R3: Gulf Impact Still Early


 July14, 2010


We’ve received increased interest in names over-indexed to the gulf states of late – here are a few to keep an eye on.





As we near day 100 of the BP Deepwater Horizon oil spill saga and the economic impact on the region shifts from near-to-intermediate term in nature, we’ve received increased interest in names over-indexed to the region. While outsized risk of underperformance in gulf state markets (i.e. TX, LA, MS, AL, & FL) is expected to soon take hold, confirmation of this reality at retail is currently mixed at best.


Case in point are the regional trends from our weekly Sportscan apparel data (see chart). Over the last 4-months, the South Atlantic region (including FL & AL) has reported the strongest results while South Central (including TX, LA, & MS) has held in surprisingly well on a relative basis.  It’s important to keep in mind, however, this is simply one of many sources reflecting regional performance.  Recall that the Midwest was highlighted as a pocket of strength in June by many retailers yet this region is a clear laggard in sporting apparel.


While the economic impact from event-driven catalysts such as the BP oil spill can take time to materialize and in some cases can be short-lived, we have run an analysis flushing out retailers with over-exposure to Gulf states. Including some names from our Restaurant sector head, Howard Penney, the retail/restaurant names with high exposure to the region include: DDS (42%), CTRN (41%), SMRT (39%), HIBB (31%), SKS (28%), SCVL (26%) as well as EAT, PFCB, and SONC.  If you are interested in further detail on the broader list of names let us know.


R3: Gulf Impact Still Early - Sports Apparel Geographies





- Add maternity to the list of growing merchandise categories and demographics that privately held fast-fashion retailer, Forever 21, is targeting. The latest line called love21mternity is available online and at stores in five states. Bloggers are quick to point out that three of the five states have amongst the highest teen pregnancy rates in the country, but that’s a tough demographic positioning to prove.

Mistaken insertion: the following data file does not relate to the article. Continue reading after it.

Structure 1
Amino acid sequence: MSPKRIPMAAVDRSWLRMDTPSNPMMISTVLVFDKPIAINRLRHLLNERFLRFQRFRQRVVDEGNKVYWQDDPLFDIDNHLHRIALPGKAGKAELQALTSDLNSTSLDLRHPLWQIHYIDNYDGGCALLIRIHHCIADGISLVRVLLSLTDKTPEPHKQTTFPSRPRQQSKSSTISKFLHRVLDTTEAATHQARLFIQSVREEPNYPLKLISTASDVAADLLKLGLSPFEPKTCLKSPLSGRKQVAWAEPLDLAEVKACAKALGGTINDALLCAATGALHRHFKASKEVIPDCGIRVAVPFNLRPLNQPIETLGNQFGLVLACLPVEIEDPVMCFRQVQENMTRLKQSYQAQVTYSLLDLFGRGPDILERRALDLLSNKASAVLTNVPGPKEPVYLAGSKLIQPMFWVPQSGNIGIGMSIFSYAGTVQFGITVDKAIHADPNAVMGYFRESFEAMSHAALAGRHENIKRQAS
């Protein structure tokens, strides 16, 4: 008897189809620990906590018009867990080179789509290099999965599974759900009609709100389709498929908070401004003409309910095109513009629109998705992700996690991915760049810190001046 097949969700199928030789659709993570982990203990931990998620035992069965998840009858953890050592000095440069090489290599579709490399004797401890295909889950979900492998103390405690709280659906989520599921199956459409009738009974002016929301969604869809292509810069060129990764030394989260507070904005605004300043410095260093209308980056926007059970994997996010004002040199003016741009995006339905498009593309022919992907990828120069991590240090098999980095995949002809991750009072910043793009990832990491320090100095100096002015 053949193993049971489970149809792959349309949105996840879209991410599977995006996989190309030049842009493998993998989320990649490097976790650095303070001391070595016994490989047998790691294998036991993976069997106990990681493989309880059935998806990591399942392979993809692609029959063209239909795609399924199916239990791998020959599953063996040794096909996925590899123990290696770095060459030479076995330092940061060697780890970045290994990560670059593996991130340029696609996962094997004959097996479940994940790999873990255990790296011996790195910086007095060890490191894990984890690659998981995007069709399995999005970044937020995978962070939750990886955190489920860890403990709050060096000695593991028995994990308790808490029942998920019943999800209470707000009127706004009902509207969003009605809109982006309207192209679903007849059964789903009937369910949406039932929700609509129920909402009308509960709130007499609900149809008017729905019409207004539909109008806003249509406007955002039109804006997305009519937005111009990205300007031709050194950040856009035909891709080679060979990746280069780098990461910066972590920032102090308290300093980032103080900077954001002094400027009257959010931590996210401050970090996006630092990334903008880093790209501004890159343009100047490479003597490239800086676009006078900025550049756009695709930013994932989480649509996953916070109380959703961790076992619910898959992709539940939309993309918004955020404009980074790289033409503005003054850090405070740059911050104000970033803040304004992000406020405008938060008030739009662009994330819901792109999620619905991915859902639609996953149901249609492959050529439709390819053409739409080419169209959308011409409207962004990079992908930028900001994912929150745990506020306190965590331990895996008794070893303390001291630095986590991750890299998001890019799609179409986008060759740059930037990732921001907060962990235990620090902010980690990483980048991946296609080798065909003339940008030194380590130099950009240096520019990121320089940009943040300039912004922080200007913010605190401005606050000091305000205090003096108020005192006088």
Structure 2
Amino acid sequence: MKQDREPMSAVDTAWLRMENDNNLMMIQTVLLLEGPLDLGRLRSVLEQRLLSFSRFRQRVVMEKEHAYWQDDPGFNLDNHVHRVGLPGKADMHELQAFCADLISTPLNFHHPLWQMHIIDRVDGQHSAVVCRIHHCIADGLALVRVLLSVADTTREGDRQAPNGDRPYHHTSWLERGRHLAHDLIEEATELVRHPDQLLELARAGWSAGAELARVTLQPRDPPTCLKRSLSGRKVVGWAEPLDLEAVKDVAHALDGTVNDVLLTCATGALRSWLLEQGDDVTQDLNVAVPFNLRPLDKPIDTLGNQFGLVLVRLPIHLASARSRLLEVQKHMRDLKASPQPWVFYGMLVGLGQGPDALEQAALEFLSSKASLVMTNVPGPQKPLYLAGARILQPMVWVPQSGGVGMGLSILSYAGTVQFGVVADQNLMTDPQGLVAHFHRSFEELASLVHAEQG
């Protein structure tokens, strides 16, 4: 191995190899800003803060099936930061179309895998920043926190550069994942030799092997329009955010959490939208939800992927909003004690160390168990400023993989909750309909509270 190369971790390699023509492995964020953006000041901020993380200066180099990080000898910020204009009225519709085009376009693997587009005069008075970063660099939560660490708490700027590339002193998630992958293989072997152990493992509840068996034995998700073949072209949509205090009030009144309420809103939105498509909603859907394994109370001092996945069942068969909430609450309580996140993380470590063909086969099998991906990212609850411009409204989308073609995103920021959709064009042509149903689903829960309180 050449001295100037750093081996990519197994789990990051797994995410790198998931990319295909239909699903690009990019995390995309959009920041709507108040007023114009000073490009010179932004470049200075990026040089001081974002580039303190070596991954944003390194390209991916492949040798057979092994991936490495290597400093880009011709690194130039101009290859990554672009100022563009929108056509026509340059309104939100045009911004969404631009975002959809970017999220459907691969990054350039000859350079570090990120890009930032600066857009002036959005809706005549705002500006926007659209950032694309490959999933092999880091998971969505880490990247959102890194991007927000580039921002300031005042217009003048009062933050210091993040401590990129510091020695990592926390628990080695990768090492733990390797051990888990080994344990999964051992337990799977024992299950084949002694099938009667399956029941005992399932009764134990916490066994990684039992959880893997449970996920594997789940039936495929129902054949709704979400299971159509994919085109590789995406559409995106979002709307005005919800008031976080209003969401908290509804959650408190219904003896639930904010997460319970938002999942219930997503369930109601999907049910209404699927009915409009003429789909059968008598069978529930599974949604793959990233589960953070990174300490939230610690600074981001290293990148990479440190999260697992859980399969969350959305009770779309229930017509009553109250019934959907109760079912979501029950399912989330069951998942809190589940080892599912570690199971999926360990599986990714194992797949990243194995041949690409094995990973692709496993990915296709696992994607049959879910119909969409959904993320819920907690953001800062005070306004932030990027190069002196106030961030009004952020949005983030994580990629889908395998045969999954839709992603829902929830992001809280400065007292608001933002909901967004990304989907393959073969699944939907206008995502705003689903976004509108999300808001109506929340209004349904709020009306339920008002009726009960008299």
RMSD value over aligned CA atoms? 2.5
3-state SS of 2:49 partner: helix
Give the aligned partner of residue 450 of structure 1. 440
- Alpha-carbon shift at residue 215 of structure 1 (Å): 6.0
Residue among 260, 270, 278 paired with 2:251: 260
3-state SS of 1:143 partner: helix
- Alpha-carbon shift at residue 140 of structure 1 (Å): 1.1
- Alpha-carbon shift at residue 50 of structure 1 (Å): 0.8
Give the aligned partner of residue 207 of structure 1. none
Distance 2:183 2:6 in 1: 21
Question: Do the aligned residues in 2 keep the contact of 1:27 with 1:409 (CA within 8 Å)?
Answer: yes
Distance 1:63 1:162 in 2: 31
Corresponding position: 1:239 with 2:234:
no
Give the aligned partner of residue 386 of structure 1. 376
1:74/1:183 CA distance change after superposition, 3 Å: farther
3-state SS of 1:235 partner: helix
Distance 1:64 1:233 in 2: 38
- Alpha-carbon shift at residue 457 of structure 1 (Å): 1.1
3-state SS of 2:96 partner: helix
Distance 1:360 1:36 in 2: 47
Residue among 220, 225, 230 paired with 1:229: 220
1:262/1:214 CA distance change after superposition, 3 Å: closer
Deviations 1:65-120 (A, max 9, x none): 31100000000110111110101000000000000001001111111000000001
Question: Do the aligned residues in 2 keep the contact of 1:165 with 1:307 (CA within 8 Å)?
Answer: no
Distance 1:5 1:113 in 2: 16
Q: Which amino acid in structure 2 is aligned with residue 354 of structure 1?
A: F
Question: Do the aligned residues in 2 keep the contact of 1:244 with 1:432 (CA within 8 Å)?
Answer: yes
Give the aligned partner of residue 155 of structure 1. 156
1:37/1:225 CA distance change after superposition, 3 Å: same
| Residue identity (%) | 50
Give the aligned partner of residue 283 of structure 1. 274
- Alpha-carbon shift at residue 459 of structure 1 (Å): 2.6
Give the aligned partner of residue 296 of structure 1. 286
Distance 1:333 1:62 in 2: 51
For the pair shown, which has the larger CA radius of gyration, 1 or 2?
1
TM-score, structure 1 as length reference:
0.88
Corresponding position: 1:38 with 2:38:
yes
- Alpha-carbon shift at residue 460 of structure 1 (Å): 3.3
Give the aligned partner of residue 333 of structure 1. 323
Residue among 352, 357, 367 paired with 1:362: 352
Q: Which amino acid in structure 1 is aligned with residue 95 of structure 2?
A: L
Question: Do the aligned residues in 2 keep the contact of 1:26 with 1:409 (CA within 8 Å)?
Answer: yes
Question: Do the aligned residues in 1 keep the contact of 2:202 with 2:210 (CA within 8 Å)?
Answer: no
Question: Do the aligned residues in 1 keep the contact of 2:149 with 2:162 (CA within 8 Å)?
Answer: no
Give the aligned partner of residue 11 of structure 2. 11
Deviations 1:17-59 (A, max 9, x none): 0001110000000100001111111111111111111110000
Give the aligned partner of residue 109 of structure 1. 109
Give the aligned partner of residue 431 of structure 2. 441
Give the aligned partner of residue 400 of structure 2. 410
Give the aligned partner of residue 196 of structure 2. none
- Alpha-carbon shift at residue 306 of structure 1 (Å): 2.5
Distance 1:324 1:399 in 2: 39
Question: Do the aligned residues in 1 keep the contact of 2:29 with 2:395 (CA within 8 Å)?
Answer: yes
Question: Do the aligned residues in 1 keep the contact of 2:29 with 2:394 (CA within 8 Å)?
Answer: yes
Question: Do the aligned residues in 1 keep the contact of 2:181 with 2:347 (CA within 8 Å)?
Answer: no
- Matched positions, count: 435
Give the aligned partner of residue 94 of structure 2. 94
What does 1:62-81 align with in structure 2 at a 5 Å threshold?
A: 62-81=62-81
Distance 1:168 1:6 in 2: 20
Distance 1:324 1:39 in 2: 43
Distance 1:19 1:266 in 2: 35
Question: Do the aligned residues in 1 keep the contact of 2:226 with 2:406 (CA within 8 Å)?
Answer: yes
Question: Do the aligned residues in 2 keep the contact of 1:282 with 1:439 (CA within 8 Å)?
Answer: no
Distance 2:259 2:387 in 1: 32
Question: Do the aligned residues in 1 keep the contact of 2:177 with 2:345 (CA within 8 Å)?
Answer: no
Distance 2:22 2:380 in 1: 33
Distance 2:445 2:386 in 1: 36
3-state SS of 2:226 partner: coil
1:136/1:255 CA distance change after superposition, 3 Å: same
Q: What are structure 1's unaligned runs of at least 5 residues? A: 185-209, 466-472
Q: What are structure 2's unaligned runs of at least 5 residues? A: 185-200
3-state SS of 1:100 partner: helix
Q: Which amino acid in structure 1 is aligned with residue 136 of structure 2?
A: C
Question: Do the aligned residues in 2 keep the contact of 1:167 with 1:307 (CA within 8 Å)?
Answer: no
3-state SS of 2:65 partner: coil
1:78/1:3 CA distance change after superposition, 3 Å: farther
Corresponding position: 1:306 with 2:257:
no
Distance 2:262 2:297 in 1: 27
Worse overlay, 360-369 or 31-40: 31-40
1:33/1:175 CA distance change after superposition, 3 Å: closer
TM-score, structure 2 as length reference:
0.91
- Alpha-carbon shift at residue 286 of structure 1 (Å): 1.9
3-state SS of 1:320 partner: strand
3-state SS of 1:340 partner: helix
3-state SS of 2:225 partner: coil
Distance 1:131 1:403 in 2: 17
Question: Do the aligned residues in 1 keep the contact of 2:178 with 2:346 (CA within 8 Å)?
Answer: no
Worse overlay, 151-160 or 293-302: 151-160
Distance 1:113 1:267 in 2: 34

- According to American Express, 61% of Americans report that customer service is more important to them in today’s economic environment and will spend 9% more when they believe a company provides excellent customer service. However, only 37% of Americans believe companies have increased their focus on providing quality service, while 27% believe there has been no change, and 28% say they believe less attention is being paid to good service.


- Burberry noted that in light of more recent global macro jitters, it has yet to see any pick up in order cancellations or changes in whole account buying behavior. Additionally, U.S department store distribution was highlighted as an area in which they are expecting to gain penetration for the Spring ’11 season.


- Retail real estate continues to struggle, despite the appearance that the health of retailers remains OK. In the second quarter, vacancy rates for shopping centers hit their highest point since 1991, while regional malls hit levels not seen since 1999. Shopping center vacancies are tracking at 10.9% while mall vacancies are at 9%.